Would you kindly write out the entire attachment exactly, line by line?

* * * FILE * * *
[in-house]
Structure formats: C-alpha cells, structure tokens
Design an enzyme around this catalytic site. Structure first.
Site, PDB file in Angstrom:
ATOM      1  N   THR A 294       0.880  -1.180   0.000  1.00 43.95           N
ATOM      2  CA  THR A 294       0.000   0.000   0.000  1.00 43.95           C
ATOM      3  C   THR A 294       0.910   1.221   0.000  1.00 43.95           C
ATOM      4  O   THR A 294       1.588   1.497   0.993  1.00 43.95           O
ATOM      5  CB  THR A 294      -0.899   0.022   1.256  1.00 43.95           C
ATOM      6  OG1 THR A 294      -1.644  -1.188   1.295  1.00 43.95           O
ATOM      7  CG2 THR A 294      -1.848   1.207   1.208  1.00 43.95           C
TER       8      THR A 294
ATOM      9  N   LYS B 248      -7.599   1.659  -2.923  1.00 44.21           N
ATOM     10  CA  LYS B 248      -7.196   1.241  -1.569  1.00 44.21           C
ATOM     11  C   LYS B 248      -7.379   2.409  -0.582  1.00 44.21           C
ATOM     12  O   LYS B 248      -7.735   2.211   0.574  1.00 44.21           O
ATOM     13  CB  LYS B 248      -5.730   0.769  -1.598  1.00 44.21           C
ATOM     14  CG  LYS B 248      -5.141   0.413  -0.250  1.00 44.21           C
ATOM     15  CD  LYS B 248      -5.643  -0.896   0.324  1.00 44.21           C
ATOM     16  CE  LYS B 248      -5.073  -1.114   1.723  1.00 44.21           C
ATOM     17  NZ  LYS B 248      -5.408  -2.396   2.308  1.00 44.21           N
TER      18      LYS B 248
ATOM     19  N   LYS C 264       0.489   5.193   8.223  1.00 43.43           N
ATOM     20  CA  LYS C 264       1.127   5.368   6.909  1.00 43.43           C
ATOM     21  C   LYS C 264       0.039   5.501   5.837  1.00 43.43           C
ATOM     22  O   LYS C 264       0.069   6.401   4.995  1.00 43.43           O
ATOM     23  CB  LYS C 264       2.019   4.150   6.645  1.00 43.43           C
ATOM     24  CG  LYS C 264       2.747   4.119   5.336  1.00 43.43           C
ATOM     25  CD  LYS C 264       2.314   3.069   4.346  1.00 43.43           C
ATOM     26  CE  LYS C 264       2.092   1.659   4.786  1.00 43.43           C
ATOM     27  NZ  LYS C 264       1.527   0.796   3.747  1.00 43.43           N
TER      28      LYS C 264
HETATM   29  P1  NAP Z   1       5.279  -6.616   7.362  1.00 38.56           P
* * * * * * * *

[in-house]
Structure formats: C-alpha cells, structure tokens
Design an enzyme around this catalytic site. Structure first.
Site, PDB file in Angstrom:
ATOM      1  N   THR A 294       0.880  -1.180   0.000  1.00 43.95           N
ATOM      2  CA  THR A 294       0.000   0.000   0.000  1.00 43.95           C
ATOM      3  C   THR A 294       0.910   1.221   0.000  1.00 43.95           C
ATOM      4  O   THR A 294       1.588   1.497   0.993  1.00 43.95           O
ATOM      5  CB  THR A 294      -0.899   0.022   1.256  1.00 43.95           C
ATOM      6  OG1 THR A 294      -1.644  -1.188   1.295  1.00 43.95           O
ATOM      7  CG2 THR A 294      -1.848   1.207   1.208  1.00 43.95           C
TER       8      THR A 294
ATOM      9  N   LYS B 248      -7.599   1.659  -2.923  1.00 44.21           N
ATOM     10  CA  LYS B 248      -7.196   1.241  -1.569  1.00 44.21           C
ATOM     11  C   LYS B 248      -7.379   2.409  -0.582  1.00 44.21           C
ATOM     12  O   LYS B 248      -7.735   2.211   0.574  1.00 44.21           O
ATOM     13  CB  LYS B 248      -5.730   0.769  -1.598  1.00 44.21           C
ATOM     14  CG  LYS B 248      -5.141   0.413  -0.250  1.00 44.21           C
ATOM     15  CD  LYS B 248      -5.643  -0.896   0.324  1.00 44.21           C
ATOM     16  CE  LYS B 248      -5.073  -1.114   1.723  1.00 44.21           C
ATOM     17  NZ  LYS B 248      -5.408  -2.396   2.308  1.00 44.21           N
TER      18      LYS B 248
ATOM     19  N   LYS C 264       0.489   5.193   8.223  1.00 43.43           N
ATOM     20  CA  LYS C 264       1.127   5.368   6.909  1.00 43.43           C
ATOM     21  C   LYS C 264       0.039   5.501   5.837  1.00 43.43           C
ATOM     22  O   LYS C 264       0.069   6.401   4.995  1.00 43.43           O
ATOM     23  CB  LYS C 264       2.019   4.150   6.645  1.00 43.43           C
ATOM     24  CG  LYS C 264       2.747   4.119   5.336  1.00 43.43           C
ATOM     25  CD  LYS C 264       2.314   3.069   4.346  1.00 43.43           C
ATOM     26  CE  LYS C 264       2.092   1.659   4.786  1.00 43.43           C
ATOM     27  NZ  LYS C 264       1.527   0.796   3.747  1.00 43.43           N
TER      28      LYS C 264
HETATM   29  P1  NAP Z   1       5.279  -6.616   7.362  1.00 38.56           P